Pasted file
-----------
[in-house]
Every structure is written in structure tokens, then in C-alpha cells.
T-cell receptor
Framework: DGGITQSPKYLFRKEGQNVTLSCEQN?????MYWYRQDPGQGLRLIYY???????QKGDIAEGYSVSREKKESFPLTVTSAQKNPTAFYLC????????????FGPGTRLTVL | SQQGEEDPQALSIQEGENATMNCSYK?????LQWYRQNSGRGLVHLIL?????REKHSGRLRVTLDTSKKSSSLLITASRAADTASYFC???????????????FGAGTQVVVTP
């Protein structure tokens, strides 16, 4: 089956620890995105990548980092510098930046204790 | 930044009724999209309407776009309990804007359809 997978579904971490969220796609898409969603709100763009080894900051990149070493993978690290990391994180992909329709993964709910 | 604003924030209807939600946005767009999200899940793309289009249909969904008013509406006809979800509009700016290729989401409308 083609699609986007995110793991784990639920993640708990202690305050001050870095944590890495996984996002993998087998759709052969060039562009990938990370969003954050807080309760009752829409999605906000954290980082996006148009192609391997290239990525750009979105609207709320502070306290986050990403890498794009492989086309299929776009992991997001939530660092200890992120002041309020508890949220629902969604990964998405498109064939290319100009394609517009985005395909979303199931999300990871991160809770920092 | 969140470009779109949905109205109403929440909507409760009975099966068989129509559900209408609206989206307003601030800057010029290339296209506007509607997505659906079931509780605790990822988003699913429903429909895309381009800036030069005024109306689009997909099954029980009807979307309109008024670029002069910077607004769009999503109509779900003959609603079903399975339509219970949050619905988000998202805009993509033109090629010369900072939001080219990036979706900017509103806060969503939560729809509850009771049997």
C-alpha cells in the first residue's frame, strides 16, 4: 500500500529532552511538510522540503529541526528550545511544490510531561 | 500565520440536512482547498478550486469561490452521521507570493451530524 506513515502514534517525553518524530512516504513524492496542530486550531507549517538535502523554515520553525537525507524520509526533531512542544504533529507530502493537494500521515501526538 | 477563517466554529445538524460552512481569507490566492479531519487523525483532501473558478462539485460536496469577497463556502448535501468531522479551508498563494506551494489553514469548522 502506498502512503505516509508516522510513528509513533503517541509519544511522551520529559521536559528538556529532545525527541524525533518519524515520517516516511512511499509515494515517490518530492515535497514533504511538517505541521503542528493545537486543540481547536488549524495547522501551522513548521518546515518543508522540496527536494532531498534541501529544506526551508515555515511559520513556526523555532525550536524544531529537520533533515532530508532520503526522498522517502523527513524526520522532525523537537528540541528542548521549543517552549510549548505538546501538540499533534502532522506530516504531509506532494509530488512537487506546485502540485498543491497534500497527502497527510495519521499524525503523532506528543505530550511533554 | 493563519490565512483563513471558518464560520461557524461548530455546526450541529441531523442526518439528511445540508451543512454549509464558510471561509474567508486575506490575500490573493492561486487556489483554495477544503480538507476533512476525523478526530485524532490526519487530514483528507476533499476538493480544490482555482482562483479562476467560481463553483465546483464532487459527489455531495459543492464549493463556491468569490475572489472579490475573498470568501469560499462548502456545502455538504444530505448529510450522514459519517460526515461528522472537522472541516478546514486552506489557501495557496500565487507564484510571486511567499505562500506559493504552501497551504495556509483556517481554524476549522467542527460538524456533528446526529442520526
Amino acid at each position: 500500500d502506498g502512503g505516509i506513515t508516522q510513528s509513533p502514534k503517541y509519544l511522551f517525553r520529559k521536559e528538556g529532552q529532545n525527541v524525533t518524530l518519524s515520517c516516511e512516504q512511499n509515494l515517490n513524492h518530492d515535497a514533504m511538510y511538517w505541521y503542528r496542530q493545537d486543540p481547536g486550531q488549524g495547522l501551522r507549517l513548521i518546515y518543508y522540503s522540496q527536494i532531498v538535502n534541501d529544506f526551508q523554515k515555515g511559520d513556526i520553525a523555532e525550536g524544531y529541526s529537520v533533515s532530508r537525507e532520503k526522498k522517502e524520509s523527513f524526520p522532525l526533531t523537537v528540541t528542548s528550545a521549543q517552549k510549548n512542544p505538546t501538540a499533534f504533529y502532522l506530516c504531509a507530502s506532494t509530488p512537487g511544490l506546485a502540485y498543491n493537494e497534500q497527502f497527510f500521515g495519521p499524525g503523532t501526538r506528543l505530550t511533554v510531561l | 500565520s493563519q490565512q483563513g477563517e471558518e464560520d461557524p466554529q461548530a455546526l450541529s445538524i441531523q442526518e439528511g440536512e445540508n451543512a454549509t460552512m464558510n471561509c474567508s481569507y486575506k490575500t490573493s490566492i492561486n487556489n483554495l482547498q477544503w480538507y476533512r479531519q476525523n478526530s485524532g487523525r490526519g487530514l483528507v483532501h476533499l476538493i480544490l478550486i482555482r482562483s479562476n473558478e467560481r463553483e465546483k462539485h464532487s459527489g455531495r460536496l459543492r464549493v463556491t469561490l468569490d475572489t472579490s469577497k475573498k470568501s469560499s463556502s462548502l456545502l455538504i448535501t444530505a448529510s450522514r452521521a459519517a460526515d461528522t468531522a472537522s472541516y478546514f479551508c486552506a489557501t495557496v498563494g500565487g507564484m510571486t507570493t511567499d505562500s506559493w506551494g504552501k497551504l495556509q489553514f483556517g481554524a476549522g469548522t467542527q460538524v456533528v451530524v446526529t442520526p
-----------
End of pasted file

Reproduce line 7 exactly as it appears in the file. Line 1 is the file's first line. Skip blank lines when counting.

Amino acid at each position: 500500500d502506498g502512503g505516509i506513515t508516522q510513528s509513533p502514534k503517541y509519544l511522551f517525553r520529559k521536559e528538556g529532552q529532545n525527541v524525533t518524530l518519524s515520517c516516511e512516504q512511499n509515494l515517490n513524492h518530492d515535497a514533504m511538510y511538517w505541521y503542528r496542530q493545537d486543540p481547536g486550531q488549524g495547522l501551522r507549517l513548521i518546515y518543508y522540503s522540496q527536494i532531498v538535502n534541501d529544506f526551508q523554515k515555515g511559520d513556526i520553525a523555532e525550536g524544531y529541526s529537520v533533515s532530508r537525507e532520503k526522498k522517502e524520509s523527513f524526520p522532525l526533531t523537537v528540541t528542548s528550545a521549543q517552549k510549548n512542544p505538546t501538540a499533534f504533529y502532522l506530516c504531509a507530502s506532494t509530488p512537487g511544490l506546485a502540485y498543491n493537494e497534500q497527502f497527510f500521515g495519521p499524525g503523532t501526538r506528543l505530550t511533554v510531561l | 500565520s493563519q490565512q483563513g477563517e471558518e464560520d461557524p466554529q461548530a455546526l450541529s445538524i441531523q442526518e439528511g440536512e445540508n451543512a454549509t460552512m464558510n471561509c474567508s481569507y486575506k490575500t490573493s490566492i492561486n487556489n483554495l482547498q477544503w480538507y476533512r479531519q476525523n478526530s485524532g487523525r490526519g487530514l483528507v483532501h476533499l476538493i480544490l478550486i482555482r482562483s479562476n473558478e467560481r463553483e465546483k462539485h464532487s459527489g455531495r460536496l459543492r464549493v463556491t469561490l468569490d475572489t472579490s469577497k475573498k470568501s469560499s463556502s462548502l456545502l455538504i448535501t444530505a448529510s450522514r452521521a459519517a460526515d461528522t468531522a472537522s472541516y478546514f479551508c486552506a489557501t495557496v498563494g500565487g507564484m510571486t507570493t511567499d505562500s506559493w506551494g504552501k497551504l495556509q489553514f483556517g481554524a476549522g469548522t467542527q460538524v456533528v451530524v446526529t442520526p